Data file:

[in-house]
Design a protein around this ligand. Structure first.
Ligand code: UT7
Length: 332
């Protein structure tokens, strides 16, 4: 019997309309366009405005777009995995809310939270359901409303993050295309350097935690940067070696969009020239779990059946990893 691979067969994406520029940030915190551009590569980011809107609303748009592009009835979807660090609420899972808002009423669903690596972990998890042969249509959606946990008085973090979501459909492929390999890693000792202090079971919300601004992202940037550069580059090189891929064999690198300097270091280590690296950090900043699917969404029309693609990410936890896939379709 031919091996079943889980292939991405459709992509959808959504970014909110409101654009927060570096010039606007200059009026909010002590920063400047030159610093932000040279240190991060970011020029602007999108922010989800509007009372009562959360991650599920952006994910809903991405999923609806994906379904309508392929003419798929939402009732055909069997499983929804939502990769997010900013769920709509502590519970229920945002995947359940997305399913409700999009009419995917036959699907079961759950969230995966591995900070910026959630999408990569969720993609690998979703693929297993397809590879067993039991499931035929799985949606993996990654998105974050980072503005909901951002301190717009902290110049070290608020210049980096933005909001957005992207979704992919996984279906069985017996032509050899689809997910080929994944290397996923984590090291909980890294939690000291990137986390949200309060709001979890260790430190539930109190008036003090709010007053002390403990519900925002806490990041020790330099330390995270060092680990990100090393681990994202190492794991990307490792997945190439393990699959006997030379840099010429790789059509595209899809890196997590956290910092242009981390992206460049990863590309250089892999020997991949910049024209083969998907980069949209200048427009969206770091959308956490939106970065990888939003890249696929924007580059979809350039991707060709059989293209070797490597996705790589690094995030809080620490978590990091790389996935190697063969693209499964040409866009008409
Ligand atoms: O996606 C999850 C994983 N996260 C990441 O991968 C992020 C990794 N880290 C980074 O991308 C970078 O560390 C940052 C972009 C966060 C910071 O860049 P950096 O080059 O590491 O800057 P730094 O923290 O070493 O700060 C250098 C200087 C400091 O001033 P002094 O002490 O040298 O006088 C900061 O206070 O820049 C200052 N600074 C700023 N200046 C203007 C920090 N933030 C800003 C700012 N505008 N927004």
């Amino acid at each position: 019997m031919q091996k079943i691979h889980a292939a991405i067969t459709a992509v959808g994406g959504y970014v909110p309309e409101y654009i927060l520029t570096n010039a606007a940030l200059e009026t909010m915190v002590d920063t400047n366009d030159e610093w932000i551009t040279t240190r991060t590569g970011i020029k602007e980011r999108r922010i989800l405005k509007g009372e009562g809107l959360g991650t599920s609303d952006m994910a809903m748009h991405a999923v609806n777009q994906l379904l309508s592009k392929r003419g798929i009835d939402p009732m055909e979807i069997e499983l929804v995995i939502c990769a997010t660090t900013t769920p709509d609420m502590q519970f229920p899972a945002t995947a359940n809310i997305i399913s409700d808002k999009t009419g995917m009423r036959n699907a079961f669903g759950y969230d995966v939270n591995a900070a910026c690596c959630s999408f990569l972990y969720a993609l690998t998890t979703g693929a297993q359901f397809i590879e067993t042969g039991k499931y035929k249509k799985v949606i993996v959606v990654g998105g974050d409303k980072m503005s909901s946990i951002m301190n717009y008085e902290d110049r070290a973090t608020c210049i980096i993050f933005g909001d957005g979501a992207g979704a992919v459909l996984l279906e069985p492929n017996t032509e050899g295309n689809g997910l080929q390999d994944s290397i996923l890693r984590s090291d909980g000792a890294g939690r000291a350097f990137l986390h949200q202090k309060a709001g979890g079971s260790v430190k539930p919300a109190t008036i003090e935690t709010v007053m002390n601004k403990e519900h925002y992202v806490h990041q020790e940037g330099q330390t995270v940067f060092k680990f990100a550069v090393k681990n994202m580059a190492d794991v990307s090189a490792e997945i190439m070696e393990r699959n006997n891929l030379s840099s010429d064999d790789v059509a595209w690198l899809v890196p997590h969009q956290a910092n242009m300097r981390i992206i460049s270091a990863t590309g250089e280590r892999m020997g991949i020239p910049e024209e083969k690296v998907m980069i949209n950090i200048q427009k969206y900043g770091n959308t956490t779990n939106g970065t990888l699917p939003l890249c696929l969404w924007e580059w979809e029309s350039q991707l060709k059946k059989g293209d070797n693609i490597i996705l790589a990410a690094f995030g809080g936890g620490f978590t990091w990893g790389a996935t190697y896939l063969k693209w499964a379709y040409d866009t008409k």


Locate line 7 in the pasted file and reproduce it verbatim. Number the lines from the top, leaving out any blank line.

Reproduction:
């Amino acid at each position: 019997m031919q091996k079943i691979h889980a292939a991405i067969t459709a992509v959808g994406g959504y970014v909110p309309e409101y654009i927060l520029t570096n010039a606007a940030l200059e009026t909010m915190v002590d920063t400047n366009d030159e610093w932000i551009t040279t240190r991060t590569g970011i020029k602007e980011r999108r922010i989800l405005k509007g009372e009562g809107l959360g991650t599920s609303d952006m994910a809903m748009h991405a999923v609806n777009q994906l379904l309508s592009k392929r003419g798929i009835d939402p009732m055909e979807i069997e499983l929804v995995i939502c990769a997010t660090t900013t769920p709509d609420m502590q519970f229920p899972a945002t995947a359940n809310i997305i399913s409700d808002k999009t009419g995917m009423r036959n699907a079961f669903g759950y969230d995966v939270n591995a900070a910026c690596c959630s999408f990569l972990y969720a993609l690998t998890t979703g693929a297993q359901f397809i590879e067993t042969g039991k499931y035929k249509k799985v949606i993996v959606v990654g998105g974050d409303k980072m503005s909901s946990i951002m301190n717009y008085e902290d110049r070290a973090t608020c210049i980096i993050f933005g909001d957005g979501a992207g979704a992919v459909l996984l279906e069985p492929n017996t032509e050899g295309n689809g997910l080929q390999d994944s290397i996923l890693r984590s090291d909980g000792a890294g939690r000291a350097f990137l986390h949200q202090k309060a709001g979890g079971s260790v430190k539930p919300a109190t008036i003090e935690t709010v007053m002390n601004k403990e519900h925002y992202v806490h990041q020790e940037g330099q330390t995270v940067f060092k680990f990100a550069v090393k681990n994202m580059a190492d794991v990307s090189a490792e997945i190439m070696e393990r699959n006997n891929l030379s840099s010429d064999d790789v059509a595209w690198l899809v890196p997590h969009q956290a910092n242009m300097r981390i992206i460049s270091a990863t590309g250089e280590r892999m020997g991949i020239p910049e024209e083969k690296v998907m980069i949209n950090i200048q427009k969206y900043g770091n959308t956490t779990n939106g970065t990888l699917p939003l890249c696929l969404w924007e580059w979809e029309s350039q991707l060709k059946k059989g293209d070797n693609i490597i996705l790589a990410a690094f995030g809080g936890g620490f978590t990091w990893g790389a996935t190697y896939l063969k693209w499964a379709y040409d866009t008409k």